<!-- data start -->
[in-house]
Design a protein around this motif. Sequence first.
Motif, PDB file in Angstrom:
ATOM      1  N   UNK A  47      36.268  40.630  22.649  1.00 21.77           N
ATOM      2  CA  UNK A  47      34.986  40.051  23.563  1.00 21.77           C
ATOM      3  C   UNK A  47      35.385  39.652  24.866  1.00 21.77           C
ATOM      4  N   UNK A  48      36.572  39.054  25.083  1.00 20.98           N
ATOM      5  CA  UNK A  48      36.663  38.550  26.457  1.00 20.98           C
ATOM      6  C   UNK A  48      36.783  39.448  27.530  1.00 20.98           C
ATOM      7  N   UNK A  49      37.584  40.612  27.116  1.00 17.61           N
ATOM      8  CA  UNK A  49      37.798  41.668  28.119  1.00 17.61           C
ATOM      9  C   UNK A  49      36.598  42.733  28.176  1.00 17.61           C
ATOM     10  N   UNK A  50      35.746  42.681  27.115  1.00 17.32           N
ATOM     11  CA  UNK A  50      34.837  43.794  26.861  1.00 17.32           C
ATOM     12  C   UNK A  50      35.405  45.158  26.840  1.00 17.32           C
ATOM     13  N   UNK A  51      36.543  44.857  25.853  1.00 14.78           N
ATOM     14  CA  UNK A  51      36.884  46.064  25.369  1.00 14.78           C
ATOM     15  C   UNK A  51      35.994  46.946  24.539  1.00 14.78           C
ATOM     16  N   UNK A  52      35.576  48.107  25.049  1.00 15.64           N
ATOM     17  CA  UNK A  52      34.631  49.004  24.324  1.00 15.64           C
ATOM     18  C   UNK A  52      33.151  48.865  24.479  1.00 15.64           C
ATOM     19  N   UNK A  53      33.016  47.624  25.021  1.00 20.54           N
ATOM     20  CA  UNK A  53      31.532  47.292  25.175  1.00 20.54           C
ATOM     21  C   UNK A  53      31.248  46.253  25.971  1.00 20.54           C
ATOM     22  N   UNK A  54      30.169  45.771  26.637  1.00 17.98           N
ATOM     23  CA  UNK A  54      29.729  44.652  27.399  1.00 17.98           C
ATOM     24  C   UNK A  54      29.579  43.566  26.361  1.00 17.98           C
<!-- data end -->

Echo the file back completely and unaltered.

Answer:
[in-house]
Design a protein around this motif. Sequence first.
Motif, PDB file in Angstrom:
ATOM      1  N   UNK A  47      36.268  40.630  22.649  1.00 21.77           N
ATOM      2  CA  UNK A  47      34.986  40.051  23.563  1.00 21.77           C
ATOM      3  C   UNK A  47      35.385  39.652  24.866  1.00 21.77           C
ATOM      4  N   UNK A  48      36.572  39.054  25.083  1.00 20.98           N
ATOM      5  CA  UNK A  48      36.663  38.550  26.457  1.00 20.98           C
ATOM      6  C   UNK A  48      36.783  39.448  27.530  1.00 20.98           C
ATOM      7  N   UNK A  49      37.584  40.612  27.116  1.00 17.61           N
ATOM      8  CA  UNK A  49      37.798  41.668  28.119  1.00 17.61           C
ATOM      9  C   UNK A  49      36.598  42.733  28.176  1.00 17.61           C
ATOM     10  N   UNK A  50      35.746  42.681  27.115  1.00 17.32           N
ATOM     11  CA  UNK A  50      34.837  43.794  26.861  1.00 17.32           C
ATOM     12  C   UNK A  50      35.405  45.158  26.840  1.00 17.32           C
ATOM     13  N   UNK A  51      36.543  44.857  25.853  1.00 14.78           N
ATOM     14  CA  UNK A  51      36.884  46.064  25.369  1.00 14.78           C
ATOM     15  C   UNK A  51      35.994  46.946  24.539  1.00 14.78           C
ATOM     16  N   UNK A  52      35.576  48.107  25.049  1.00 15.64           N
ATOM     17  CA  UNK A  52      34.631  49.004  24.324  1.00 15.64           C
ATOM     18  C   UNK A  52      33.151  48.865  24.479  1.00 15.64           C
ATOM     19  N   UNK A  53      33.016  47.624  25.021  1.00 20.54           N
ATOM     20  CA  UNK A  53      31.532  47.292  25.175  1.00 20.54           C
ATOM     21  C   UNK A  53      31.248  46.253  25.971  1.00 20.54           C
ATOM     22  N   UNK A  54      30.169  45.771  26.637  1.00 17.98           N
ATOM     23  CA  UNK A  54      29.729  44.652  27.399  1.00 17.98           C
ATOM     24  C   UNK A  54      29.579  43.566  26.361  1.00 17.98           C